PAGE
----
Almost 50 per cent of the sales of property in the province of Malaga are currently made using bank loans in the form of mortgages.
The banks are returning to the mortgage market at last. Statistics for this year point to a sharp rise in the number of mortgages agreed to – in the first half of 2015 5,910 such loans were given in Malaga province which represents a growth of 32 per cent over the number of mortgages at the same time last year.
Malaga is one of the Spanish provinces which has returned most forcefully to this market. Between January and June it was the fourth province in terms of the number of mortgage loans signed, behind Madrid, Barcelona and Valencia.
The month of June was especially active when it comes to the mortgage market, exceeding the figure of 1,000 mortgages agreed to (the actual number was 1,082 or 30 per cent more than in the same period in 2014).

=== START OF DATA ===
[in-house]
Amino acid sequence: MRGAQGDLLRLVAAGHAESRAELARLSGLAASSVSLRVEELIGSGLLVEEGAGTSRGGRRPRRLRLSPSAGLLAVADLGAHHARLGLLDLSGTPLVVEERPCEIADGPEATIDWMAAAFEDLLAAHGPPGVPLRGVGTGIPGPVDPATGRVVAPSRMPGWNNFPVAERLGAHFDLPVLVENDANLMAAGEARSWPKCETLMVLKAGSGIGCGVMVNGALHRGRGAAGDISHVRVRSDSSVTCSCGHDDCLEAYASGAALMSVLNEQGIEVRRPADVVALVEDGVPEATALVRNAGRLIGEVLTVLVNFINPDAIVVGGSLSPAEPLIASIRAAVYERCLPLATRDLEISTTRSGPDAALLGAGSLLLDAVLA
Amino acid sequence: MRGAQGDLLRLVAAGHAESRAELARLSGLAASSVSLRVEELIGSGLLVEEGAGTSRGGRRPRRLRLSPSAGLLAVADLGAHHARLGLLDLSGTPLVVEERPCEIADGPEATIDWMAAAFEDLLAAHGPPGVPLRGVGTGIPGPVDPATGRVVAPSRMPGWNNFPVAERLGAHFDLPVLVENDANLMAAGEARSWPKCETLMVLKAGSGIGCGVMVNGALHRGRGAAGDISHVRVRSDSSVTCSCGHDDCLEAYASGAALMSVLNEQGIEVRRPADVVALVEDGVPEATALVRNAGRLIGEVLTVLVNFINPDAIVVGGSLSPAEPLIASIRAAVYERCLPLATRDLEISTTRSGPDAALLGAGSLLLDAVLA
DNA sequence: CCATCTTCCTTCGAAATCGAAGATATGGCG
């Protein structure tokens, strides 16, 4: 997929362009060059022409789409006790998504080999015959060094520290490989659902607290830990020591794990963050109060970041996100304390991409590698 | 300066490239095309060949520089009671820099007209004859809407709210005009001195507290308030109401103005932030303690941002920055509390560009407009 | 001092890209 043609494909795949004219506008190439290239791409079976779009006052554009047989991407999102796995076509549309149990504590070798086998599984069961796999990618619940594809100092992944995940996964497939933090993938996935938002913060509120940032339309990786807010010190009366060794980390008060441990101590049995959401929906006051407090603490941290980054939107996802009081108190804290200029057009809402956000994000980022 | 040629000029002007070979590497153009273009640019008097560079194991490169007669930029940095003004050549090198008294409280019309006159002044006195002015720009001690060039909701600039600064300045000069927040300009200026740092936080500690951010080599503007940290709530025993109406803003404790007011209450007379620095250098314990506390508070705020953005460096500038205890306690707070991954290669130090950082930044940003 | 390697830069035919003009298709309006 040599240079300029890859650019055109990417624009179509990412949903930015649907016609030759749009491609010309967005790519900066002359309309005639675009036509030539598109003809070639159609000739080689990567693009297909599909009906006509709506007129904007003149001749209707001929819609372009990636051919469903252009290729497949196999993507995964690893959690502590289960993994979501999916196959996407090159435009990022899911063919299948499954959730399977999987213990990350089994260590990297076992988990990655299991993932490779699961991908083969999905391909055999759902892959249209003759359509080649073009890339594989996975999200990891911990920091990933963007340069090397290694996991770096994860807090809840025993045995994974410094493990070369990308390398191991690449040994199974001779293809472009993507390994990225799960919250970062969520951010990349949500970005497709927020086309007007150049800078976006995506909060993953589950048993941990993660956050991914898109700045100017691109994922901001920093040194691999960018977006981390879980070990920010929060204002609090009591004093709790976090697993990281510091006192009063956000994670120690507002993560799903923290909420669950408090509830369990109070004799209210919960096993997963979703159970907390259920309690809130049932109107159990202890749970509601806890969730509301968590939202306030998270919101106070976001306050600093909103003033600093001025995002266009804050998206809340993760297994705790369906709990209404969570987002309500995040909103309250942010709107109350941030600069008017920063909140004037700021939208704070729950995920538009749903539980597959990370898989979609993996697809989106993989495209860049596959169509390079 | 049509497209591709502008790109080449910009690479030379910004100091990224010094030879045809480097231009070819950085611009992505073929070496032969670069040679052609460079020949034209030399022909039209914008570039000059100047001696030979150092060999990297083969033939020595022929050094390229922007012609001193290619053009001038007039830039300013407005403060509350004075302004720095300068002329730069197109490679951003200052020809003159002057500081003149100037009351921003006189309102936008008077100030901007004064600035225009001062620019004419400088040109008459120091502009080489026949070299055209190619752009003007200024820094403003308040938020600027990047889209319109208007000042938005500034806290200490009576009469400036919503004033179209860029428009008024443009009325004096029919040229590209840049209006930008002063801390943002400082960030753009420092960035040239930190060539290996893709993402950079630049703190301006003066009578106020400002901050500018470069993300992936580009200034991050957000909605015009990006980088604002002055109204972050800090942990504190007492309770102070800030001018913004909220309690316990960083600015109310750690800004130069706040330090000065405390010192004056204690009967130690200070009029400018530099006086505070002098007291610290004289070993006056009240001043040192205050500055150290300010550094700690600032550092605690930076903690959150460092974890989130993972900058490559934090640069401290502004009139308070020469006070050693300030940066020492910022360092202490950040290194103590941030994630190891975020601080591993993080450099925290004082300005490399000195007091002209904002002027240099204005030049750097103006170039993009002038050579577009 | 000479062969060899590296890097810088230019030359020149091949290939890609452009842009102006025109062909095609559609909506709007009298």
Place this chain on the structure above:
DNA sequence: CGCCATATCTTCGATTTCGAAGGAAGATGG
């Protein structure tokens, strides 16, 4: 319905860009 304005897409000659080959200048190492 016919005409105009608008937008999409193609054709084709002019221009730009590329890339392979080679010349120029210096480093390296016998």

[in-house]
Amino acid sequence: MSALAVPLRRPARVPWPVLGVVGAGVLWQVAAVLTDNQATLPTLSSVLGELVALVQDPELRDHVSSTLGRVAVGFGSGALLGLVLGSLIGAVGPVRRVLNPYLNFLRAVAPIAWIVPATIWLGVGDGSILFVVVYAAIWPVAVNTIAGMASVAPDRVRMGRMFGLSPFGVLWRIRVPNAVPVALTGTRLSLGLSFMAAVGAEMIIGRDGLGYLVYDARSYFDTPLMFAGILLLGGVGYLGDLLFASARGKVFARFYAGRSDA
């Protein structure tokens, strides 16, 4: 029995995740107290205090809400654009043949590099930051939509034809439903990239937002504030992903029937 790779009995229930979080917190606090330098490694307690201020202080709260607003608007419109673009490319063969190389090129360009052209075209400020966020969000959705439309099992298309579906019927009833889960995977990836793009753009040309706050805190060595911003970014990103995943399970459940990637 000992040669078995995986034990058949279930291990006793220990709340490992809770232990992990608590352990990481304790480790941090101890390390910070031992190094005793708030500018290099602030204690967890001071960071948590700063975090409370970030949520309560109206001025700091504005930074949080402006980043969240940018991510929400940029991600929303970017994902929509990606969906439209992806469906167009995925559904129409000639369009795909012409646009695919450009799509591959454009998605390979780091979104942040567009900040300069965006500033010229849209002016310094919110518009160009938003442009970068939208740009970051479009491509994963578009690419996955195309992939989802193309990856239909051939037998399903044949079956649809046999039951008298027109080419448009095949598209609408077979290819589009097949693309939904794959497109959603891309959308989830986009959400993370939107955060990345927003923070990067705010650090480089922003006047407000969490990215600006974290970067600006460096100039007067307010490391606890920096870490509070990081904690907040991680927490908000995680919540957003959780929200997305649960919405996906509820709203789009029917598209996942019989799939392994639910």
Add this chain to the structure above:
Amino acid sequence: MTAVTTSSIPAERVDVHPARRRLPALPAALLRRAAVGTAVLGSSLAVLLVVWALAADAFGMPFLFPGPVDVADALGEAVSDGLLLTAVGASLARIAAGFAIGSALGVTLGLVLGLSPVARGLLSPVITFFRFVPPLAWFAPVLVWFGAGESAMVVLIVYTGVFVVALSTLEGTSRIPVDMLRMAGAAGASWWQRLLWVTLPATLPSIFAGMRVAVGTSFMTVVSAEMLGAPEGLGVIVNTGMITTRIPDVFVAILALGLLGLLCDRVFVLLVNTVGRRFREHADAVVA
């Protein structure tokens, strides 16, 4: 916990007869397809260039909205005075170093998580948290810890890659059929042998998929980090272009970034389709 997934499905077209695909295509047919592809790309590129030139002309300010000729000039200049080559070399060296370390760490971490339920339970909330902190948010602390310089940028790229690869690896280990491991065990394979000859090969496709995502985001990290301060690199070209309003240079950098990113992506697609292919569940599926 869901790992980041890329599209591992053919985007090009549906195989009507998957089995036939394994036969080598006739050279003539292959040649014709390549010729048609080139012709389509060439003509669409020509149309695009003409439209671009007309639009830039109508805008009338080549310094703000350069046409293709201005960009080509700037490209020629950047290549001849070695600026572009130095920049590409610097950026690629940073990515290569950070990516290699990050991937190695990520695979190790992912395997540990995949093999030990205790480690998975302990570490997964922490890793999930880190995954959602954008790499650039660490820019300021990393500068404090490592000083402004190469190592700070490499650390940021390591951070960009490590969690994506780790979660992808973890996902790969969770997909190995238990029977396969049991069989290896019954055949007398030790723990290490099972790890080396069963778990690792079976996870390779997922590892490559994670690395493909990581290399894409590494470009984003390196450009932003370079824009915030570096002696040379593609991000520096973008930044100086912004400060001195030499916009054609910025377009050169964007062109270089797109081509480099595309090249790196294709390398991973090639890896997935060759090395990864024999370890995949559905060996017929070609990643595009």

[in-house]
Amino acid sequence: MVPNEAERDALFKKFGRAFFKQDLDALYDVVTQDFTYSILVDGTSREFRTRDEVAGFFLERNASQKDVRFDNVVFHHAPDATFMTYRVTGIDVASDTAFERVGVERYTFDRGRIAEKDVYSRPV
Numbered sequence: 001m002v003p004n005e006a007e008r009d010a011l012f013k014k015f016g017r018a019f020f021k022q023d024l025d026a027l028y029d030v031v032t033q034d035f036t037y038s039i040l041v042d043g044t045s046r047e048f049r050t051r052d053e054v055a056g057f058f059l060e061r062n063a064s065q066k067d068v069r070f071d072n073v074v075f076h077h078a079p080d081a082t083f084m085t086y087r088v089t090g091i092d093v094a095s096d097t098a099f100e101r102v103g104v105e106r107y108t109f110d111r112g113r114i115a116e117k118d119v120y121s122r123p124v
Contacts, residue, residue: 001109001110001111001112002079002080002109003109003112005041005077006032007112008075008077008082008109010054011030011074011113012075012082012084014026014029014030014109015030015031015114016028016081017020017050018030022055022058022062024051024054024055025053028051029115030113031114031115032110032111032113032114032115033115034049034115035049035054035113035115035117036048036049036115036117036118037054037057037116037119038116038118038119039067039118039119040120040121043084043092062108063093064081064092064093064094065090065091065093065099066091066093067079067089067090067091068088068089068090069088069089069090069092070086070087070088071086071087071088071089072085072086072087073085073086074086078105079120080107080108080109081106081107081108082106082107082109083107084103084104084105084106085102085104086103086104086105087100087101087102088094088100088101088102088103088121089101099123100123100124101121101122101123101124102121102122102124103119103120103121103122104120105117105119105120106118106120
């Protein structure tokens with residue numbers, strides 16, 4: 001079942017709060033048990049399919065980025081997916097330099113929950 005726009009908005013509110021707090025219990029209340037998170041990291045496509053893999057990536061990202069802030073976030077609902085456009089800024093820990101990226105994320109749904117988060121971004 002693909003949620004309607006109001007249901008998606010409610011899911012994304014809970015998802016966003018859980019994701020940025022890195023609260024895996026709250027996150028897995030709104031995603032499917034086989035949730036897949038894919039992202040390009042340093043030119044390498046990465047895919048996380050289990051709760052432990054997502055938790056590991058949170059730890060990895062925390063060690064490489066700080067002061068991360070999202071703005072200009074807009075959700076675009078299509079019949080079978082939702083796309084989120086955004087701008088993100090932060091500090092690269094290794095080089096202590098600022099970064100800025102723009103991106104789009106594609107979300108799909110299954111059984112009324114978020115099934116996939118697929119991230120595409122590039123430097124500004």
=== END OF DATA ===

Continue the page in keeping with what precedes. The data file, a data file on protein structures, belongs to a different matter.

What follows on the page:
The average cost of mortgages rose to 104,779 euros, a figure which is 400 euros less than a year ago.
Banks and mortgages are taking a prominent position in the recovery of the housing market. This is a prominence that they did not have until now, given that the majority of property transactions were being made in cash.
There are two significant facts which reveal the changes in the housing market during the crisis. In June 2007, 3,413 property sales were recorded. In the same period 4,585 mortgages were agreed to. That is, more mortgages than sales.
Eight years later, in June 2015 2,208 properties were sold in Malaga province of which 1,082 were made possible with mortgage loans. This reveals that the property market on the Costa del Sol has been largely revitalised by sales in cash or without bank loans, made either by savers or by investment funds.
However it is worth stressing that mortgages are gaining ground. A year ago the percentage of homes bought with the aid of banks was 10 points lower, at only 40 per cent.
The multitude of offers on display in branch windows reveals the decision by banks to return to the mortgage market, albeit with much more rigorous conditions.
Source: Sur in English, September 2015